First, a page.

Injunctions for Protection
What is an injunction for protection against domestic violence?
An injunction is a court order signed by a judge that can be served and or enforced by law enforcement. An Injunction for Protection Against Domestic Violence may be issued against a spouse or former spouse, a person related by blood or marriage, a person which you are presently living with or have formerly lived with as if a family, or against someone with whom you have a child in common, regardless whether you were ever married to that person or lived with them. If a person falling within one of the previous descriptions has committed a crime against you resulting in your physical injury, or that person has placed you in fear with words or physical acts, you may have grounds to ask the court for an Injunction for Protection Against Domestic Violence.
What is an injunction for protection against repeat violence?
An Injunction for Protection Against Repeat Violence may be issued if someone has committed two separate acts of violence or stalking, one being within the last six months, against you. The Injunction for Protection Against Repeat Violence is available for those individuals not covered by the Domestic Violence Injunctions.
What is an injunction for protection against dating violence?
An Injunction for Protection Against Dating Violence may be issued against an individual whom you have or have had a romantic or intimate continuing or significant relationship. This relationship must have existed in the past six (6) months, must have existed over time on a continuous basis and must be described as an expectation of affection or sexual relation. A parent or legal guardian may obtain an Injunction for Protection Against Dating Violence on behalf of a minor child who is living at home if they have been an eyewitness to, or have direct physical evidence or eyewitness affidavits about the facts which are the basis for the petition.
What is an injunction for protection against sexual violence?
An Injunction for Protection Against Sexual Violence may be issued if you are the victim of sexual violence or the parent or guardian of a minor who is living at home and is the victim of sexual violence. Sexual Battery is defined in Chapter 794, Florida Statutes. In order to get an injunction for Protection Against Sexual Violence, you must have reported the incident to a law enforcement agency and must be cooperating with any criminal proceedings, if there is one. You may also seek an injunction if the respondent went to prison for committing one of the sexual violence crimes as defined in Chapter 794, Florida Statutes against you or your minor child living at home and respondent is out or will be getting out of prison within 90 days of the filing of your petition.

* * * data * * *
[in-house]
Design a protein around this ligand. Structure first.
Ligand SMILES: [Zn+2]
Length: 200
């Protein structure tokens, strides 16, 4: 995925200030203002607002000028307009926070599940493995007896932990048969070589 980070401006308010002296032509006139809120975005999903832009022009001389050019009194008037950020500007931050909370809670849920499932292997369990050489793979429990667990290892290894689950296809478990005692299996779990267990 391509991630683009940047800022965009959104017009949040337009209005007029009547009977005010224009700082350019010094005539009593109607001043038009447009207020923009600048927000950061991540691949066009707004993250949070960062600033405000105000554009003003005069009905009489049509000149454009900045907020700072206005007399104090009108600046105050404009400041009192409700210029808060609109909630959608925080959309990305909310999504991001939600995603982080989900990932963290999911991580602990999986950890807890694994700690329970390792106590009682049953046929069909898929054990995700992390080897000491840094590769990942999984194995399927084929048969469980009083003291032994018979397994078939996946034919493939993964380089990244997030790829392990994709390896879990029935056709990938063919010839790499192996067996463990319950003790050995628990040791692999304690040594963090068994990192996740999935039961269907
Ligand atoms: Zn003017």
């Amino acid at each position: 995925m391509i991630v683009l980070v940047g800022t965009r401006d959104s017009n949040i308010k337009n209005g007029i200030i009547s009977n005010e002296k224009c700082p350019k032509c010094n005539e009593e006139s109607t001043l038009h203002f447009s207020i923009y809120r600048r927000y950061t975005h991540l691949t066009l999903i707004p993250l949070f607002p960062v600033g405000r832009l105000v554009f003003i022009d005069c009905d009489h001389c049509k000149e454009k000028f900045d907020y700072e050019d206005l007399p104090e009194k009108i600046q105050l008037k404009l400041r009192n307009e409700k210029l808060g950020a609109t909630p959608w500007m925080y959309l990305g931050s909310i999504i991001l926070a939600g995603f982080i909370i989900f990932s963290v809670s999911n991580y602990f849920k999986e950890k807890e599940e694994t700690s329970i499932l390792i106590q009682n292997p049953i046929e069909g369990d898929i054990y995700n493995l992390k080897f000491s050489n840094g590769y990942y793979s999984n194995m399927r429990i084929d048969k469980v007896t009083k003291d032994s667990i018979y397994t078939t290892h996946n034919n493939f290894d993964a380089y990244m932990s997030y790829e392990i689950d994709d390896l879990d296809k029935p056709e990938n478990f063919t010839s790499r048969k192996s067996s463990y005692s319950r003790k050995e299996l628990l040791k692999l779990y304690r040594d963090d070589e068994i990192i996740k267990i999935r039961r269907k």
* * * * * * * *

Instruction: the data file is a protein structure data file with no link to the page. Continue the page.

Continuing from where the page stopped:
What information will the court need to file a petition for injunction for protection?
The Injunction for Protection must contain:
- specific facts and circumstances, including dates, which convince the Court that an immediate and present danger of violence exists;
- respondent’s physical description, date of birth, address where he or she can be located, which will assist law enforcement officers in locating and identifying the Respondent;
- description of any previous or pending attempts you have made to obtain an Injunction for Protection or any other cause of action currently pending between you and the Respondent. You may keep your address confidential if you so request;
- a valid picture identification, ie. driver’s license, to file the Injunction.
After a judge has rendered a decision on the petition, what happens next?
Once the judge has rendered a decision the Clerk will provide you with a certified copy of the Temporary Injunction and Notice of Hearing. You must return to the Clerk’s Office to pick up this copy. You should keep this copy with you at all times.The Clerk will forward the paperwork to the Sheriff of the County where the Respondent resides or can be located. The Sheriff will serve the Respondent as soon as possible. THE INJUNCTION IS NOT IN EFFECT UNTIL THE RESPONDENT IS SERVED. If the Sheriff’s Office is unable to serve a copy on the Respondent prior to the hearing date, you still must attend the hearing. You are required to appear at the hearing to give testimony, under oath, regarding the exact circumstances of the violence against you. You will be provided a copy of the Order in which the judge renders his ruling from this hearing; this Order should be kept with you at all times.
What do I do if the respondent violates the injunction?
If the Respondent violates any conditions of the Temporary or Permanent Injunction, you should first consider requesting the immediate assistance of local law enforcement. If the Respondent is not arrested, you may return to the Clerk’s Office for assistance in the preparation of an Affidavit of Violation of Injunction.
For further information please contact our office at (352)540-6336 or visit us in Room 246.